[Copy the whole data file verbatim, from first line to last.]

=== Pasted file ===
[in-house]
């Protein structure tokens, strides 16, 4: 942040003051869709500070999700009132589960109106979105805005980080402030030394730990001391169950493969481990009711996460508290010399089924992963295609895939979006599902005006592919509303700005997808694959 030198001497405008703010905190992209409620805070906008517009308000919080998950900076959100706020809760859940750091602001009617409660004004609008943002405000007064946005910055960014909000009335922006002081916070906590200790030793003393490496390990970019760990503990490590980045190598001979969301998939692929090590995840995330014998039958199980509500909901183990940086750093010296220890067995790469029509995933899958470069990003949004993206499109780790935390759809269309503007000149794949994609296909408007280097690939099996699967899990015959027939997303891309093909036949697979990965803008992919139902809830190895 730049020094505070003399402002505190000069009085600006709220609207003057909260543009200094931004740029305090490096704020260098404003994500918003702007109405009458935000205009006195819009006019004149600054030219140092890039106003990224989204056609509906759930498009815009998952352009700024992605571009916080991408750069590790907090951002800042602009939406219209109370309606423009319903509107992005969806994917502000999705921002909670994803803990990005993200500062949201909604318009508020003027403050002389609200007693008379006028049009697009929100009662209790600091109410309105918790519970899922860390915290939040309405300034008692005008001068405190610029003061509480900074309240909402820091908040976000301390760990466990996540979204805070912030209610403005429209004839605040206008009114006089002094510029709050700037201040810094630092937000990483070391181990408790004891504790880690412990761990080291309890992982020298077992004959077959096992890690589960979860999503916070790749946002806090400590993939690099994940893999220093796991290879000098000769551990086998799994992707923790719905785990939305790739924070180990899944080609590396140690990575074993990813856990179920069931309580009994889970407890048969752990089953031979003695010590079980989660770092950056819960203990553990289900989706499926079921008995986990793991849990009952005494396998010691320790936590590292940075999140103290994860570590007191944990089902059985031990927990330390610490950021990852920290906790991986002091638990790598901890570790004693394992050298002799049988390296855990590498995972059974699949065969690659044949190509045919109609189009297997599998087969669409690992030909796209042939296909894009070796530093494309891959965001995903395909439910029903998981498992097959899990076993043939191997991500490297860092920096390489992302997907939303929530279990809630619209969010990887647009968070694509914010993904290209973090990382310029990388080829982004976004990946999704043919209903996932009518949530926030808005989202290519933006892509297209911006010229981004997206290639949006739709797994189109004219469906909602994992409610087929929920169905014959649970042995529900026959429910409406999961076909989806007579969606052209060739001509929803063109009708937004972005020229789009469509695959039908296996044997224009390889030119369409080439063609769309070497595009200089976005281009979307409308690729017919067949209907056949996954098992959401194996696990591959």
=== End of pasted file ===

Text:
[in-house]
């Protein structure tokens, strides 16, 4: 942040003051869709500070999700009132589960109106979105805005980080402030030394730990001391169950493969481990009711996460508290010399089924992963295609895939979006599902005006592919509303700005997808694959 030198001497405008703010905190992209409620805070906008517009308000919080998950900076959100706020809760859940750091602001009617409660004004609008943002405000007064946005910055960014909000009335922006002081916070906590200790030793003393490496390990970019760990503990490590980045190598001979969301998939692929090590995840995330014998039958199980509500909901183990940086750093010296220890067995790469029509995933899958470069990003949004993206499109780790935390759809269309503007000149794949994609296909408007280097690939099996699967899990015959027939997303891309093909036949697979990965803008992919139902809830190895 730049020094505070003399402002505190000069009085600006709220609207003057909260543009200094931004740029305090490096704020260098404003994500918003702007109405009458935000205009006195819009006019004149600054030219140092890039106003990224989204056609509906759930498009815009998952352009700024992605571009916080991408750069590790907090951002800042602009939406219209109370309606423009319903509107992005969806994917502000999705921002909670994803803990990005993200500062949201909604318009508020003027403050002389609200007693008379006028049009697009929100009662209790600091109410309105918790519970899922860390915290939040309405300034008692005008001068405190610029003061509480900074309240909402820091908040976000301390760990466990996540979204805070912030209610403005429209004839605040206008009114006089002094510029709050700037201040810094630092937000990483070391181990408790004891504790880690412990761990080291309890992982020298077992004959077959096992890690589960979860999503916070790749946002806090400590993939690099994940893999220093796991290879000098000769551990086998799994992707923790719905785990939305790739924070180990899944080609590396140690990575074993990813856990179920069931309580009994889970407890048969752990089953031979003695010590079980989660770092950056819960203990553990289900989706499926079921008995986990793991849990009952005494396998010691320790936590590292940075999140103290994860570590007191944990089902059985031990927990330390610490950021990852920290906790991986002091638990790598901890570790004693394992050298002799049988390296855990590498995972059974699949065969690659044949190509045919109609189009297997599998087969669409690992030909796209042939296909894009070796530093494309891959965001995903395909439910029903998981498992097959899990076993043939191997991500490297860092920096390489992302997907939303929530279990809630619209969010990887647009968070694509914010993904290209973090990382310029990388080829982004976004990946999704043919209903996932009518949530926030808005989202290519933006892509297209911006010229981004997206290639949006739709797994189109004219469906909602994992409610087929929920169905014959649970042995529900026959429910409406999961076909989806007579969606052209060739001509929803063109009708937004972005020229789009469509695959039908296996044997224009390889030119369409080439063609769309070497595009200089976005281009979307409308690729017919067949209907056949996954098992959401194996696990591959």